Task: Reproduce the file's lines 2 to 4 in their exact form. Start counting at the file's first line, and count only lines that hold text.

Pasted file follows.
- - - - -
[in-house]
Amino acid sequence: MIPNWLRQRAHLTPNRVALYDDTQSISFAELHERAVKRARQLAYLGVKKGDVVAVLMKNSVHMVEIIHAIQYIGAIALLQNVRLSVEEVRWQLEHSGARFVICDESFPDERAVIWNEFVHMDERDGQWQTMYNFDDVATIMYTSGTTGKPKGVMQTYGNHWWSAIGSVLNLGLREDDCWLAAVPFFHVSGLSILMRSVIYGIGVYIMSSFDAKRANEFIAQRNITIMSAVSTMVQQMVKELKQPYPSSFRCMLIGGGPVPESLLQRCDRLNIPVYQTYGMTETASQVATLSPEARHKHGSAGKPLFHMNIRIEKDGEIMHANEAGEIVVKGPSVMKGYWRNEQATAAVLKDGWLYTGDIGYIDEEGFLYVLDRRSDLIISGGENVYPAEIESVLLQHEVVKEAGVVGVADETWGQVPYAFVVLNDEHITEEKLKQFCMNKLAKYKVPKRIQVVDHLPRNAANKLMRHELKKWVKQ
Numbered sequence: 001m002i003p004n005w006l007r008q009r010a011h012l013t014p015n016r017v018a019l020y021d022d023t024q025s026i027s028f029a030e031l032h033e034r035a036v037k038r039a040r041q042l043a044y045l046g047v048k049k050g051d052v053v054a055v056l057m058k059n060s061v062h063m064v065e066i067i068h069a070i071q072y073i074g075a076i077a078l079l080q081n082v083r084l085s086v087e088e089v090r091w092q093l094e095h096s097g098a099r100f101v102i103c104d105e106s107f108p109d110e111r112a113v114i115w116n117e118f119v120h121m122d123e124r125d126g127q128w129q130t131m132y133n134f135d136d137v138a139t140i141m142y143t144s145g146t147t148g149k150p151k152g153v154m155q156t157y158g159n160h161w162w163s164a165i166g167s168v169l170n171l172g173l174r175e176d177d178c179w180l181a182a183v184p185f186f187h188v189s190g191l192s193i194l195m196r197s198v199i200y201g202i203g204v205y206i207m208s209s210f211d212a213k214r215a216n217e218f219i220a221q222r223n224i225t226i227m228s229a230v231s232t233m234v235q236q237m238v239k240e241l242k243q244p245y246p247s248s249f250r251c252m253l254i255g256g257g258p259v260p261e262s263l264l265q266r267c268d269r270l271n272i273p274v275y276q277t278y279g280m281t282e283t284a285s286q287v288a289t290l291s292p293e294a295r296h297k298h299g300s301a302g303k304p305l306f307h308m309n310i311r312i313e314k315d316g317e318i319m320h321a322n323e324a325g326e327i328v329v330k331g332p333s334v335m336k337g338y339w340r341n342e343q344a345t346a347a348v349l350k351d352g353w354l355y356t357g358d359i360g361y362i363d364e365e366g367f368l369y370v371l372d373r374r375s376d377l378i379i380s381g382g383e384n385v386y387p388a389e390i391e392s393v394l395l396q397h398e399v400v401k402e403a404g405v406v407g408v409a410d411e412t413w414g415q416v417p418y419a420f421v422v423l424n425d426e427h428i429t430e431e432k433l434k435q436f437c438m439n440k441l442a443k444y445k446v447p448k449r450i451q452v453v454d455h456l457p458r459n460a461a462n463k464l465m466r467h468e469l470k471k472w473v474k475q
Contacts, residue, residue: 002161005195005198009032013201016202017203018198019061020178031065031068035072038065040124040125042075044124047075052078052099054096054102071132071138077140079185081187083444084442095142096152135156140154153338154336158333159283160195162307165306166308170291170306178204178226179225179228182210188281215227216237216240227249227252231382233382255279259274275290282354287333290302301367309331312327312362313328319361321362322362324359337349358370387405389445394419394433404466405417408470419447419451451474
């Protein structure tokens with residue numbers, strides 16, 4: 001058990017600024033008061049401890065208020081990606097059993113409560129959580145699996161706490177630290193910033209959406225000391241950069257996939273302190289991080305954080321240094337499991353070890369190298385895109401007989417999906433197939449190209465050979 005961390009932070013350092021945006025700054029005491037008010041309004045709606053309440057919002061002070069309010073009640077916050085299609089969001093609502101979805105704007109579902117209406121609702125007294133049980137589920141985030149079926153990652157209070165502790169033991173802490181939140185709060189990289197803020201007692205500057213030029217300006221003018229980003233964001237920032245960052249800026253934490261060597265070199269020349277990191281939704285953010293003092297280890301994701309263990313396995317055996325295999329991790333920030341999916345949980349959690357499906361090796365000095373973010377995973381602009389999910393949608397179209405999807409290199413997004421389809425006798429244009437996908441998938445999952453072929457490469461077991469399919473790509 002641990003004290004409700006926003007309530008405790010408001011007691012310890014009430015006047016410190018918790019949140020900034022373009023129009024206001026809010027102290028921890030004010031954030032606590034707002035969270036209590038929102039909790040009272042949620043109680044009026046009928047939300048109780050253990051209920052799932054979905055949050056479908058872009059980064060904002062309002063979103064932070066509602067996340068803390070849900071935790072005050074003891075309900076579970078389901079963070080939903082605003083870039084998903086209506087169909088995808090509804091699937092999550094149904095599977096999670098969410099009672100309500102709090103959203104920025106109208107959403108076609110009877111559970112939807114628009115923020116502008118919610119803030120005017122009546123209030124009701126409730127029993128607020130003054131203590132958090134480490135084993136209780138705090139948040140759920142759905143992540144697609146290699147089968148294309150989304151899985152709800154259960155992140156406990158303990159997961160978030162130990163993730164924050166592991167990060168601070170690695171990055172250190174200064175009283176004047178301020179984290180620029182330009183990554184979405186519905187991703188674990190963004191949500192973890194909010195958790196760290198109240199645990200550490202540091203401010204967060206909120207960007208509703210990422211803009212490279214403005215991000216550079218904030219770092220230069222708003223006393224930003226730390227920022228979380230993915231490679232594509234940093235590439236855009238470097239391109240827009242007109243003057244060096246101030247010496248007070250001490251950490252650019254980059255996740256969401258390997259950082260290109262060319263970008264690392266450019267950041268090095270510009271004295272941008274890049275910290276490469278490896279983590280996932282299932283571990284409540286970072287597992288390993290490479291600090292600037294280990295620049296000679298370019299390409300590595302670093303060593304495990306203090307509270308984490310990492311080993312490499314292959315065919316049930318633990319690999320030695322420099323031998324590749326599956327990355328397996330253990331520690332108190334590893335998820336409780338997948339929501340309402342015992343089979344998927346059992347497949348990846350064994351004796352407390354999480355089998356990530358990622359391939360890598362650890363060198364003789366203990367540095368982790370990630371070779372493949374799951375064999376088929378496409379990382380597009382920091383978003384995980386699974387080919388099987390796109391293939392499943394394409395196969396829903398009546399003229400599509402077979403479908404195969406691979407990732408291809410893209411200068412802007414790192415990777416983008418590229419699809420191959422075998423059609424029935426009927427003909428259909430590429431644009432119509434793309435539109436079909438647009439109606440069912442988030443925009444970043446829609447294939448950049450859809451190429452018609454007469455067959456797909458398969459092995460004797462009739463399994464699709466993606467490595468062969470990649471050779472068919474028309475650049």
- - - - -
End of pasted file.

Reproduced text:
Amino acid sequence: MIPNWLRQRAHLTPNRVALYDDTQSISFAELHERAVKRARQLAYLGVKKGDVVAVLMKNSVHMVEIIHAIQYIGAIALLQNVRLSVEEVRWQLEHSGARFVICDESFPDERAVIWNEFVHMDERDGQWQTMYNFDDVATIMYTSGTTGKPKGVMQTYGNHWWSAIGSVLNLGLREDDCWLAAVPFFHVSGLSILMRSVIYGIGVYIMSSFDAKRANEFIAQRNITIMSAVSTMVQQMVKELKQPYPSSFRCMLIGGGPVPESLLQRCDRLNIPVYQTYGMTETASQVATLSPEARHKHGSAGKPLFHMNIRIEKDGEIMHANEAGEIVVKGPSVMKGYWRNEQATAAVLKDGWLYTGDIGYIDEEGFLYVLDRRSDLIISGGENVYPAEIESVLLQHEVVKEAGVVGVADETWGQVPYAFVVLNDEHITEEKLKQFCMNKLAKYKVPKRIQVVDHLPRNAANKLMRHELKKWVKQ
Numbered sequence: 001m002i003p004n005w006l007r008q009r010a011h012l013t014p015n016r017v018a019l020y021d022d023t024q025s026i027s028f029a030e031l032h033e034r035a036v037k038r039a040r041q042l043a044y045l046g047v048k049k050g051d052v053v054a055v056l057m058k059n060s061v062h063m064v065e066i067i068h069a070i071q072y073i074g075a076i077a078l079l080q081n082v083r084l085s086v087e088e089v090r091w092q093l094e095h096s097g098a099r100f101v102i103c104d105e106s107f108p109d110e111r112a113v114i115w116n117e118f119v120h121m122d123e124r125d126g127q128w129q130t131m132y133n134f135d136d137v138a139t140i141m142y143t144s145g146t147t148g149k150p151k152g153v154m155q156t157y158g159n160h161w162w163s164a165i166g167s168v169l170n171l172g173l174r175e176d177d178c179w180l181a182a183v184p185f186f187h188v189s190g191l192s193i194l195m196r197s198v199i200y201g202i203g204v205y206i207m208s209s210f211d212a213k214r215a216n217e218f219i220a221q222r223n224i225t226i227m228s229a230v231s232t233m234v235q236q237m238v239k240e241l242k243q244p245y246p247s248s249f250r251c252m253l254i255g256g257g258p259v260p261e262s263l264l265q266r267c268d269r270l271n272i273p274v275y276q277t278y279g280m281t282e283t284a285s286q287v288a289t290l291s292p293e294a295r296h297k298h299g300s301a302g303k304p305l306f307h308m309n310i311r312i313e314k315d316g317e318i319m320h321a322n323e324a325g326e327i328v329v330k331g332p333s334v335m336k337g338y339w340r341n342e343q344a345t346a347a348v349l350k351d352g353w354l355y356t357g358d359i360g361y362i363d364e365e366g367f368l369y370v371l372d373r374r375s376d377l378i379i380s381g382g383e384n385v386y387p388a389e390i391e392s393v394l395l396q397h398e399v400v401k402e403a404g405v406v407g408v409a410d411e412t413w414g415q416v417p418y419a420f421v422v423l424n425d426e427h428i429t430e431e432k433l434k435q436f437c438m439n440k441l442a443k444y445k446v447p448k449r450i451q452v453v454d455h456l457p458r459n460a461a462n463k464l465m466r467h468e469l470k471k472w473v474k475q
Contacts, residue, residue: 002161005195005198009032013201016202017203018198019061020178031065031068035072038065040124040125042075044124047075052078052099054096054102071132071138077140079185081187083444084442095142096152135156140154153338154336158333159283160195162307165306166308170291170306178204178226179225179228182210188281215227216237216240227249227252231382233382255279259274275290282354287333290302301367309331312327312362313328319361321362322362324359337349358370387405389445394419394433404466405417408470419447419451451474